Grad student’s water startup wins U.S.-India grant
Ph.D. student Mike German (second from right) visits a village in the Indian state of West Bengal where a filter designed by German and Prof. Arup SenGupta has been installed. Nilesh Shah (front, center) of the U.S. Embassy in India has lobbied for the development of safe water projects in India. Prasun SenGupta (second from left) is president of Technology with a Human Face, a nongovernmental agency German helped establish in India.
Four years ago, Mike German rode his bicycle from coast to coast, from California to Virginia, to raise money to help provide clean drinking water in the African nation of Zambia.
German had just completed his B.S. in chemical engineering at the University of Maryland, Baltimore County. He was preparing to enroll in graduate school and devote his career to alternative energy and climate change.
During his 55-day, 4,000-mile bike trek, however, he had a change of heart.
“I realized that water is much more personal,” he says.
After completing his trip, German enrolled at Lehigh and began studying with Arup K. SenGupta, the P.C. Rossin Professor of Civil and Environmental Engineering, who has spent three decades cleaning contaminated drinking water around the world.
A year and a half ago, German and SenGupta co-founded WIST (Water Innovation through Science and Technology) with Minhaj Chowdhury, CEO of Drinkwell, in an effort to solve water crises in Asia and Africa.
WIST and its partner, RiteWater, a small technology-based company in India, recently received $400,000 from the United States-India Science and Technology Endowment Fund for a proposal titled “Transforming Arsenic and Fluoride Crisis in Drinking Water into an Economic Enterprise.” USISTEF was created by the U.S. and Indian governments to promote innovation and “technopreneurship.”
Two deadly and naturally occurring elements
German, who completed a M.S. in environmental engineering from Lehigh in the fall of 2013, spent a year in India as a Fulbright-Nehru Scholar before beginning his Ph.D. studies. SenGupta and Chowdhury are also former Fulbright Scholars on the Indian subcontinent.
Fluoride and arsenic, which occur naturally in ground water, can have devastating health effects—especially in children—when ingested in excessive amounts. According to the World Health Organization, high levels of fluoride in water destroy teeth and cause crippling skeletal damage. Arsenic, found throughout the earth’s crust, causes skin ulcers and can also lead to cancer of the skin, lungs, bladder and kidney.
The USISTEF grant will enable German and SenGupta to take water-remediation technologies they’ve developed at Lehigh, implement them in communities that lack access to safe drinking water, and make them economically sustainable while generating profits and creating jobs. The technologies use sorbents to remove arsenic and fluoride from well water.
“The grant is about bringing new technologies developed at Lehigh to India, scaling them up and commercializing them in India and the United States,” says German.
SenGupta, who is German’s Ph.D. dissertation supervisor, tips his hat to German.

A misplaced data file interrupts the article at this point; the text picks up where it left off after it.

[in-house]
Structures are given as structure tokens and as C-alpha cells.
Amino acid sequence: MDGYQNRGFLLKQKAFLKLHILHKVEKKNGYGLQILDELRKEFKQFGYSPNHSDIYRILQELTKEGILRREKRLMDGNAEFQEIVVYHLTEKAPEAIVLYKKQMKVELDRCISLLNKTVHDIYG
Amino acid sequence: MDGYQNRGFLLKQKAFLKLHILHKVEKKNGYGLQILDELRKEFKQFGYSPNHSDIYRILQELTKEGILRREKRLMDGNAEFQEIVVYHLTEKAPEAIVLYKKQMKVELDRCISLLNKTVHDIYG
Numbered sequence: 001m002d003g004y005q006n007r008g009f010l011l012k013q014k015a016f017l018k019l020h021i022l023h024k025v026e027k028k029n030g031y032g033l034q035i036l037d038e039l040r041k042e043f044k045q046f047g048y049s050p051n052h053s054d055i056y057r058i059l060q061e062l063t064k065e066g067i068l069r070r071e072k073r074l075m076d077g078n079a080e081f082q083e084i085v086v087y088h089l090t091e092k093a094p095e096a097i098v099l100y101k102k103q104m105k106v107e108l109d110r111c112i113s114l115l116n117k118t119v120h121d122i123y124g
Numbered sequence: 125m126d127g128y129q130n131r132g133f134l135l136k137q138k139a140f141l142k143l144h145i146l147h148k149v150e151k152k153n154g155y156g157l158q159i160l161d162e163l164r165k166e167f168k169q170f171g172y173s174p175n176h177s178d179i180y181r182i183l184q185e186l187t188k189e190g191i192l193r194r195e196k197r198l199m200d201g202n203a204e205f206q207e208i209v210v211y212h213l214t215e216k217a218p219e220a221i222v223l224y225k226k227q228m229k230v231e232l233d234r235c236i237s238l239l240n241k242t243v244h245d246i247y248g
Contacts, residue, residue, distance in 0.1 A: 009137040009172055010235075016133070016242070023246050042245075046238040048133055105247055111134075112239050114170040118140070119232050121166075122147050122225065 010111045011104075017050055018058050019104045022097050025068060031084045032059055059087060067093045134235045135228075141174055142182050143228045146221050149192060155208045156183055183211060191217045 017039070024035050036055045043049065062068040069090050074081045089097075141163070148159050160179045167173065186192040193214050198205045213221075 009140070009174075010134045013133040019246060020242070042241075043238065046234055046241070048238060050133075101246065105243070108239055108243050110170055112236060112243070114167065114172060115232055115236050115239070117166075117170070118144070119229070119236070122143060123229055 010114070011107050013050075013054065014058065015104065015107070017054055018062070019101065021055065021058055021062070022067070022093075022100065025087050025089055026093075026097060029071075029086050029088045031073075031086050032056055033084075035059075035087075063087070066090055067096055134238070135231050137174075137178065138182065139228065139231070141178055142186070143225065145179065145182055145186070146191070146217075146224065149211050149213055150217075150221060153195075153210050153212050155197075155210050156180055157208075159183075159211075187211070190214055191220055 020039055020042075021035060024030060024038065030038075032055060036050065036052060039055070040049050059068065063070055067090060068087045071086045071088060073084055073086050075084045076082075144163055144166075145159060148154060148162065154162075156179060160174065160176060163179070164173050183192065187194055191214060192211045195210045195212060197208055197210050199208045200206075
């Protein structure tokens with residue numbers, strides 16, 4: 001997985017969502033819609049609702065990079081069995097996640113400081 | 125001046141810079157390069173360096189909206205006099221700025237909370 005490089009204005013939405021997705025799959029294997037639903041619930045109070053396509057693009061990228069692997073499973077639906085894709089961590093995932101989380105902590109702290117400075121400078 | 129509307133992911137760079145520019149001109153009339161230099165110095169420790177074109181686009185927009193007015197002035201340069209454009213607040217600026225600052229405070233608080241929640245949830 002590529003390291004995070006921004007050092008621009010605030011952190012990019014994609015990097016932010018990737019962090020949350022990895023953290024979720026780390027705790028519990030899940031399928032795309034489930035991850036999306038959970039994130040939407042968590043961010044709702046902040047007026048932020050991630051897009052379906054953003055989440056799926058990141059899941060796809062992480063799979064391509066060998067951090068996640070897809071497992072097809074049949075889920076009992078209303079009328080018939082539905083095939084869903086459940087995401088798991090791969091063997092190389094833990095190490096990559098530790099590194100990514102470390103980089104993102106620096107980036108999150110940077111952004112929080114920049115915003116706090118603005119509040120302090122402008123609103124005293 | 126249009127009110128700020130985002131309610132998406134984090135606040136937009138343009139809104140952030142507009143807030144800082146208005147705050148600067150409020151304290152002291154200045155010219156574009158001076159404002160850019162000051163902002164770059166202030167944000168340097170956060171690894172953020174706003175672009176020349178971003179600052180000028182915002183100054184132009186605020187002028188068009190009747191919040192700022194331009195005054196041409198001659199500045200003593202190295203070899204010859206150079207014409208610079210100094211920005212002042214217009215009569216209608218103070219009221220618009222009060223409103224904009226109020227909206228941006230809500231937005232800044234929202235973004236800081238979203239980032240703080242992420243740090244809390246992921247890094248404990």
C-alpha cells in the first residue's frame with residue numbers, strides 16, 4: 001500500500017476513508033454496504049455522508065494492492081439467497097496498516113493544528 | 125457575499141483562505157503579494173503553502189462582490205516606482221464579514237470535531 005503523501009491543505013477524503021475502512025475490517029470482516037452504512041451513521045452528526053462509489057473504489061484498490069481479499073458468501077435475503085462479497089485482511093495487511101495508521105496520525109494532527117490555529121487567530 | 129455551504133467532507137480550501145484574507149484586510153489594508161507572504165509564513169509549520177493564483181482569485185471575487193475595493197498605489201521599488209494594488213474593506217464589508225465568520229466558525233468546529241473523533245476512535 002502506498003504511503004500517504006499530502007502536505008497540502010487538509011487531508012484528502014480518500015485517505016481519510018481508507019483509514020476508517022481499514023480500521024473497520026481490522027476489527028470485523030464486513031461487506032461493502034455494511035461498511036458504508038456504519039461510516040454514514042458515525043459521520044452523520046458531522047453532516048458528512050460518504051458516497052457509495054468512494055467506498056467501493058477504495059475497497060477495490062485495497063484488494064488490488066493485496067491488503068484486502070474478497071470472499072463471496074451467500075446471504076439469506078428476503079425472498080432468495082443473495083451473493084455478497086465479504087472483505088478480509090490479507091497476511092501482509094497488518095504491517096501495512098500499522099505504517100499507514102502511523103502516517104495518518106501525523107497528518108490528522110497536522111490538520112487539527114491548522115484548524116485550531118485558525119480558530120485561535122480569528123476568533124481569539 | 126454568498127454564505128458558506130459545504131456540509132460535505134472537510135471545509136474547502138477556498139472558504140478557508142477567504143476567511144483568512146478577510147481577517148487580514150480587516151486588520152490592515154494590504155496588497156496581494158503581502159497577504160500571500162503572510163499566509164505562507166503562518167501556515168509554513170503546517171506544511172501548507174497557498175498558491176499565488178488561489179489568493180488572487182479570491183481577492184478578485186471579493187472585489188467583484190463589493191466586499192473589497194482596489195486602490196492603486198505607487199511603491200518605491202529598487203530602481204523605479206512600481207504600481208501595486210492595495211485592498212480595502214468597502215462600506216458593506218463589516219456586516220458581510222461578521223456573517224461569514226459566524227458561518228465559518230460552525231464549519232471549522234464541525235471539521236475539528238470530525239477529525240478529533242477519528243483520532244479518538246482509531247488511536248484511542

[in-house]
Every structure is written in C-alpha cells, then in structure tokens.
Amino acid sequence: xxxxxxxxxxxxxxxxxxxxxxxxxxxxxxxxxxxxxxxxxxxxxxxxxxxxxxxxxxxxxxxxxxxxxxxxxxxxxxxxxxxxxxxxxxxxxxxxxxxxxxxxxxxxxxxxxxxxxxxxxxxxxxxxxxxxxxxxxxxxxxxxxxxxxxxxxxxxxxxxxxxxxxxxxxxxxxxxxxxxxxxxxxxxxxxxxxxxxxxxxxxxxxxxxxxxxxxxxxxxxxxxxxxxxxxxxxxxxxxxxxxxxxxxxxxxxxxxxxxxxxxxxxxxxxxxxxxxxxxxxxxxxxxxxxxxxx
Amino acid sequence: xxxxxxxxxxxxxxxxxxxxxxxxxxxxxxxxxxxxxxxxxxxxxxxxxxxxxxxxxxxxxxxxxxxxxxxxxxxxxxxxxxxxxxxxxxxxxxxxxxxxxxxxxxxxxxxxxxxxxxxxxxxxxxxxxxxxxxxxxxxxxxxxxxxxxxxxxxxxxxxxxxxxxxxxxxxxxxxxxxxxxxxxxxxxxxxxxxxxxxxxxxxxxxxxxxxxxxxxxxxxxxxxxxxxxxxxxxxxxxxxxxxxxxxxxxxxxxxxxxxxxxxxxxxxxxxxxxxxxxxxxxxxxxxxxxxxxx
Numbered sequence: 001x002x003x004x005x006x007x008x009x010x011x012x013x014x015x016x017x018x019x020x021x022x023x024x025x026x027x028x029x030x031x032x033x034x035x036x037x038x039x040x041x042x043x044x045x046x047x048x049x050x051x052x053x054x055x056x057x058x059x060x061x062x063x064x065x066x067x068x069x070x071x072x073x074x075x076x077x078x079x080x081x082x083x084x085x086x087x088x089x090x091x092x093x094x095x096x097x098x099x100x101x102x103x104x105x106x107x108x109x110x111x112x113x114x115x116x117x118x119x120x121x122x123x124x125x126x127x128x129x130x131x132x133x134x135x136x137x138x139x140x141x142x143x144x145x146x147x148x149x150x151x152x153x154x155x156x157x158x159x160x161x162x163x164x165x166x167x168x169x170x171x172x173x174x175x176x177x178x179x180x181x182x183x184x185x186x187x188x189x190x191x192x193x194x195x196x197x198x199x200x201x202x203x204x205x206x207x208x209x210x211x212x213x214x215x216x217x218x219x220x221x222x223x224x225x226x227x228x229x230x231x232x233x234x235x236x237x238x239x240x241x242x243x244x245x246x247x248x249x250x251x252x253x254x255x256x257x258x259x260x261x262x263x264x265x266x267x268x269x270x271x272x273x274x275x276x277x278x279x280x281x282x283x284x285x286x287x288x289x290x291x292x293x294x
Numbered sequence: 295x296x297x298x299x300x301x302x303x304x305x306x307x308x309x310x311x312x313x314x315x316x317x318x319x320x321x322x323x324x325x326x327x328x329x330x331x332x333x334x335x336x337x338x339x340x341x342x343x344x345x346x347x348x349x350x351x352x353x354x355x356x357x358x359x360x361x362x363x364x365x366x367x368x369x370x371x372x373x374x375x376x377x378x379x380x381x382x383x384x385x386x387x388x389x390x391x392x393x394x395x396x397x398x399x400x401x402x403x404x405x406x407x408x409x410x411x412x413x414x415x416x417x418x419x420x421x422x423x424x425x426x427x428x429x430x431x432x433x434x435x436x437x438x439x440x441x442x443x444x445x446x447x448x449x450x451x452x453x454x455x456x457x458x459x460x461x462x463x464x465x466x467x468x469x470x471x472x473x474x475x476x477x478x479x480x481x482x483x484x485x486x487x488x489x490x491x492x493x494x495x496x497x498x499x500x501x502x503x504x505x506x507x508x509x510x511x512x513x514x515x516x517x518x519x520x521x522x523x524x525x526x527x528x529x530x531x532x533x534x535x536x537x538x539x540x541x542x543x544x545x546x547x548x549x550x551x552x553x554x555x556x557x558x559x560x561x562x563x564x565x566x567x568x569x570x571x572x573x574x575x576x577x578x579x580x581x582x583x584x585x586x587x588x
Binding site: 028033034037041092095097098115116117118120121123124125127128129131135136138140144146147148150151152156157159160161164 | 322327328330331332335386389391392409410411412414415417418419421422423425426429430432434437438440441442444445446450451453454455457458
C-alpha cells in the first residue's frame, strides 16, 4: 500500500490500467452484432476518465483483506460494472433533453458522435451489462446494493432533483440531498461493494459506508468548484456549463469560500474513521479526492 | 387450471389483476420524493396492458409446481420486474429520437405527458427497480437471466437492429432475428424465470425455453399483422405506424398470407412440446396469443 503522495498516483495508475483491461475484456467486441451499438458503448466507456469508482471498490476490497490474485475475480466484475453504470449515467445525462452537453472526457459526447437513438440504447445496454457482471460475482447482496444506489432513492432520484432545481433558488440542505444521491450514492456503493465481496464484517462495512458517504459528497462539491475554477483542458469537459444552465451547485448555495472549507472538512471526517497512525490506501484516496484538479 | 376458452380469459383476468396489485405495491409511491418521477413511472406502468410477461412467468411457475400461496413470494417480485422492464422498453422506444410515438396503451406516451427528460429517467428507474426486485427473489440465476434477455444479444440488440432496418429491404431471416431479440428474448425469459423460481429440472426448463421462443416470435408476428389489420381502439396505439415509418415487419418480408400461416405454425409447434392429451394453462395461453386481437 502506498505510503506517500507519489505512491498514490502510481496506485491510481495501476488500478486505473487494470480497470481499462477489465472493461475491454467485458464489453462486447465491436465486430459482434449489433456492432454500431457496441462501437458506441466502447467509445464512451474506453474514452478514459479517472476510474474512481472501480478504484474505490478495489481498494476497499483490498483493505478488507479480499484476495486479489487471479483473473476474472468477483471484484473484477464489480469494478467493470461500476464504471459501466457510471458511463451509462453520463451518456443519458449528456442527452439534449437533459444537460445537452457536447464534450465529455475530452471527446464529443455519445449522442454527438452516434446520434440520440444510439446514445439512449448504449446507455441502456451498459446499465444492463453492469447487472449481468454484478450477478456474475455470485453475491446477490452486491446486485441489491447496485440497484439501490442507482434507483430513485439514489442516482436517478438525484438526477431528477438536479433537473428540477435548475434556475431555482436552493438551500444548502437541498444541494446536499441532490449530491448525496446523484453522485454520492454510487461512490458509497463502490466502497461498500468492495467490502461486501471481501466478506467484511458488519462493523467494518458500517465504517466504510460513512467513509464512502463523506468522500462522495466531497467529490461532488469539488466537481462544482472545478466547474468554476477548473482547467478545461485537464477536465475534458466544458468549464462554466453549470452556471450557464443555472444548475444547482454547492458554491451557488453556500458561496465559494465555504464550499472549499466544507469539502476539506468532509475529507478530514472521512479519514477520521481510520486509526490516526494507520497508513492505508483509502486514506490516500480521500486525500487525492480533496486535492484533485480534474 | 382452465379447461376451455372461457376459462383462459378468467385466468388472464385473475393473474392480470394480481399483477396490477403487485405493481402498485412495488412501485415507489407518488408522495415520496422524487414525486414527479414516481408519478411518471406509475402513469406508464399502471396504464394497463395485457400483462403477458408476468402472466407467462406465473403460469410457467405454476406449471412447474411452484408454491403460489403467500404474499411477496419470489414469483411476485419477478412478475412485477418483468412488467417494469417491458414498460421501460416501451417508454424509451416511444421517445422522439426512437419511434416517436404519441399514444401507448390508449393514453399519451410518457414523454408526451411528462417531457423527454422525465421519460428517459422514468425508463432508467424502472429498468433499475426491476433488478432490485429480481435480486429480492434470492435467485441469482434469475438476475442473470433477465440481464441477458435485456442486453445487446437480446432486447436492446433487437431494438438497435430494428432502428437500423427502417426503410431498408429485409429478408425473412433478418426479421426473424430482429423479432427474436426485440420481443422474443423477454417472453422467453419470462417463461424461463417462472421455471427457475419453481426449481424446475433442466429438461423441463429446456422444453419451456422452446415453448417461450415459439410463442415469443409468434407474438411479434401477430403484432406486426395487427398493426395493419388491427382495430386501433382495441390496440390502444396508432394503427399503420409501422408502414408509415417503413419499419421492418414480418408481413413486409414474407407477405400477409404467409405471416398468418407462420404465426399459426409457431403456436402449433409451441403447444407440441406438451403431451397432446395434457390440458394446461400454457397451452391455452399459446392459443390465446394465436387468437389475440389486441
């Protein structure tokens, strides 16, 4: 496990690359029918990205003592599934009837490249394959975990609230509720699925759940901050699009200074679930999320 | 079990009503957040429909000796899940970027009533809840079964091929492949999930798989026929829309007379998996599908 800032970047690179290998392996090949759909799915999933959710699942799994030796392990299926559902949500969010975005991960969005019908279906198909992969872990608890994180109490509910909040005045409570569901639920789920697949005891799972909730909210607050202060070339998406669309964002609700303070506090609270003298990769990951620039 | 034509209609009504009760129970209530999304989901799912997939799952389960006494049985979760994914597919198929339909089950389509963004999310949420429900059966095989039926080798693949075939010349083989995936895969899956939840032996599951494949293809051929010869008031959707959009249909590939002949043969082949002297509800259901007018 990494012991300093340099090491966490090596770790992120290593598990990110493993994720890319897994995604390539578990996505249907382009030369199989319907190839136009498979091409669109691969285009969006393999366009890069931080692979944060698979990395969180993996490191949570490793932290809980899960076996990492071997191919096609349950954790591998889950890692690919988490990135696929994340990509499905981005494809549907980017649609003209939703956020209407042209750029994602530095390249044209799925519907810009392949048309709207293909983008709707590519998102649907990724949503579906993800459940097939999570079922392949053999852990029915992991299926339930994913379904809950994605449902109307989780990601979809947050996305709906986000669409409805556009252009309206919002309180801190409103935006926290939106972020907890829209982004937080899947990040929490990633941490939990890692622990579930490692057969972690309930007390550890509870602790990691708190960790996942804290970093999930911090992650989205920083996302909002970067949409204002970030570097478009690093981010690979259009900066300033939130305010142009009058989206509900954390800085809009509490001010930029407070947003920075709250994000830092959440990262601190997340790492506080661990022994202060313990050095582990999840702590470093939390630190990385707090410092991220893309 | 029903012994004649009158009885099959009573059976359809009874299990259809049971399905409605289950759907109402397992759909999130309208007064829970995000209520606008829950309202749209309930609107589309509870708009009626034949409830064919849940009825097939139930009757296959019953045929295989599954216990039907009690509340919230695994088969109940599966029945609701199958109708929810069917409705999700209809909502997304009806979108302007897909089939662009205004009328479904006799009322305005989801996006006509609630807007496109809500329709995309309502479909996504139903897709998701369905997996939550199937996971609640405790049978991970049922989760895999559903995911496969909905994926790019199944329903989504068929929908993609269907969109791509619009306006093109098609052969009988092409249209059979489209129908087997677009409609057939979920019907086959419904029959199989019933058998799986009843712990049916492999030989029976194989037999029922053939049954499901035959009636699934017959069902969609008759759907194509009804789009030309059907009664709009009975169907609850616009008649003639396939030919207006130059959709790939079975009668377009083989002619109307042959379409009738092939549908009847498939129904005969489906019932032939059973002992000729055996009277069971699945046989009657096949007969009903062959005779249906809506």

“We have been involved in arsenic mitigation in south and southeast Asia for 15 years,” he says. “But it is Mike’s tenacious pursuit of the cause in multiple field projects, his ability to integrate other stakeholders, and his belief that science and technology can improve the quality of life for marginalized people, that have played a significant role in receiving this highly competitive grant from two major countries.”
Sustainable funding strategies
German says WIST uses a “micro-franchise business model” to transform water-remediation systems into self-sustaining commercial enterprises.
“There have been a lot of iterations on how to do community systems,” he says. “The shift now is from NGO (nongovernmental organization) operation models to for-profit models. But there are still a lot of questions, from funding strategies to how to package materials, about how to make a for-profit business work. For it to work, it has to be self-sustaining.
“A lot of NGOs have failed because they didn’t think that through. They were not local and there was not so much buy-in. Because some people are used to government systems, when things break down, they expect the government to pay for it. Some of this will be a mixture of molding appropriate behaviors,” he says.
German says the concept of the “technopreneur” is becoming more popular.
“Starting my graduation year, with the hopelessness of finding jobs, there came this idea that you need to create your own opportunities. With that, came a big push toward entrepreneurship, with technology.”
German is spending the month of December in Kenya testing water-remediation technologies that he and SenGupta developed. He will return to India in January.
German says the difference between working for several months in another country and staying for just a few weeks is like the difference between biking across a country and driving.
“Bicycling gives you a true sense for the scale of places. It might take you an hour to go 10-20 miles, laboring the entire time with nothing between your eyes and the environment around you. Driving a car is effortless but mindless. You go 60-70 miles in an hour with your body totally detached from the real world.”
The same concept applies to his travels in India and Kenya, says German.
“There is a cliché that you can’t understand a man’s story until you walk 10 miles in his shoes. I’ve found that to be very true. Whether it’s a different culture, place or setting, you have to experience something to truly understand it.
“The time you spend in a place, and the strong relationships you develop, are indispensable to success.”